One of the strengths of the English system is that religious education has morphed into a subject where the various beliefs and practices of the world’s great religions are explained to students. The separation of church and state prevents this from happening in many countries but my view is that this type of curriculum fosters intercultural understanding.
Imagine a religious education teacher in an English school explaining the concept of the holy trinity to students. Is it a fact that many Christians believe in the holy trinity? Yes. Is it a fact that the trinity consists of the father, the son and the Holy Spirit? Yes. Is the holy trinity a fact? That’s a matter of opinion. Can students appreciate the difference between these things? Of course.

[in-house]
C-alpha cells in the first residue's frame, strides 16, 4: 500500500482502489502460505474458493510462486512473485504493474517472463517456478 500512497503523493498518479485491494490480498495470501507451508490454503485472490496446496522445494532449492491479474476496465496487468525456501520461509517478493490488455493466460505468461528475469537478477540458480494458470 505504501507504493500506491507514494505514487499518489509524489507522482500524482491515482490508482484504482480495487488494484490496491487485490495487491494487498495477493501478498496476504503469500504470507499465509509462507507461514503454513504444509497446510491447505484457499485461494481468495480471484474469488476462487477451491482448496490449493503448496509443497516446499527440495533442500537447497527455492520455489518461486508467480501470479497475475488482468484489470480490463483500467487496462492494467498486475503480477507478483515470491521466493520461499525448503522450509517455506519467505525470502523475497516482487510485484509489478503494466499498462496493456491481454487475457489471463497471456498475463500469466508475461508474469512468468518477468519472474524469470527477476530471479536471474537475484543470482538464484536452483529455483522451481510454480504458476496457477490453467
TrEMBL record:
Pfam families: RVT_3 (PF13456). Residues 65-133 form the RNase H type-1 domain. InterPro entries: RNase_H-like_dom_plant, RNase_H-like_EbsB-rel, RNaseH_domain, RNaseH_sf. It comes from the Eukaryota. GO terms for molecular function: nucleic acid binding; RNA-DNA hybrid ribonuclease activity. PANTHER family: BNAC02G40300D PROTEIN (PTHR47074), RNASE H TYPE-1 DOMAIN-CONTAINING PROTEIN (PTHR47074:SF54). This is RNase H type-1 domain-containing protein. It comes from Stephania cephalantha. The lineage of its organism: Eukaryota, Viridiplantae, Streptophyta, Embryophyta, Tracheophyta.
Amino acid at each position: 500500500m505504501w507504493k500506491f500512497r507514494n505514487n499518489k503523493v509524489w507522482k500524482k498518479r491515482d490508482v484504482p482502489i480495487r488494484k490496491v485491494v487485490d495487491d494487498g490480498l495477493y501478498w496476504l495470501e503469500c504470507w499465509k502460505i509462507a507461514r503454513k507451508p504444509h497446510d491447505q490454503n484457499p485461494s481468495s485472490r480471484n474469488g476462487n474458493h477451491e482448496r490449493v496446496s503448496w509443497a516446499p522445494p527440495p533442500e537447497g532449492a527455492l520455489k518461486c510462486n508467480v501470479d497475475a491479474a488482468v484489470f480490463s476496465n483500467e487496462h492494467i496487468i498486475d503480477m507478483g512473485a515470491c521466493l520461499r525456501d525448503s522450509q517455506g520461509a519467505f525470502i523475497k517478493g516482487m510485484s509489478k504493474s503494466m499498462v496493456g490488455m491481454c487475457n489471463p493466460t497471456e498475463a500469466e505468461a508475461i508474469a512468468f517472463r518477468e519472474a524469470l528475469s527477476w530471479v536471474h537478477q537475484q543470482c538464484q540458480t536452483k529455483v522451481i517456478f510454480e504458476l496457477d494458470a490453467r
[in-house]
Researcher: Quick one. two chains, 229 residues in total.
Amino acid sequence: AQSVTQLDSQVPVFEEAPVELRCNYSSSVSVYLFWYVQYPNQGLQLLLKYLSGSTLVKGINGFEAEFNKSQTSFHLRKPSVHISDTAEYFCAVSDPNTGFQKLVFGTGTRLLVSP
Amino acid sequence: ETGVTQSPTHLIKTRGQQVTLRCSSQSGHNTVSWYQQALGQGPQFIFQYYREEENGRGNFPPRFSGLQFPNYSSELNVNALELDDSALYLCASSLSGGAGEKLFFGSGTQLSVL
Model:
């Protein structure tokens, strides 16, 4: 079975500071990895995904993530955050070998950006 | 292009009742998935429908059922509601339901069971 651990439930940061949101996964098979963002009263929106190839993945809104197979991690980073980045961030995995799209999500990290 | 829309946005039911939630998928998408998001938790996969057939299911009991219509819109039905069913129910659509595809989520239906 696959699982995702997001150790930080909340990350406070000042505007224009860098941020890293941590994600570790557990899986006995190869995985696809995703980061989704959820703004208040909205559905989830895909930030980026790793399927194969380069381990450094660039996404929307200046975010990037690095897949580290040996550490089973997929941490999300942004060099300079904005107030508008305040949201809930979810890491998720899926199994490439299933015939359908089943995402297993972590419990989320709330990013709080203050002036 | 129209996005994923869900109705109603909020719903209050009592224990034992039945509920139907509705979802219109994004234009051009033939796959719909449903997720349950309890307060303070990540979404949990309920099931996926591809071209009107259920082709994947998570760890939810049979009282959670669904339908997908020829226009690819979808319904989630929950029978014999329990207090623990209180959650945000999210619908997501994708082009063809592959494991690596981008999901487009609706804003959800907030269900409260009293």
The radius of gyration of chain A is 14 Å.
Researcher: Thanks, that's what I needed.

An interesting aspect of the ‘student-centred’ or ‘progressive’ philosophy of education is that many teachers don’t even recognise that it is a philosophy…
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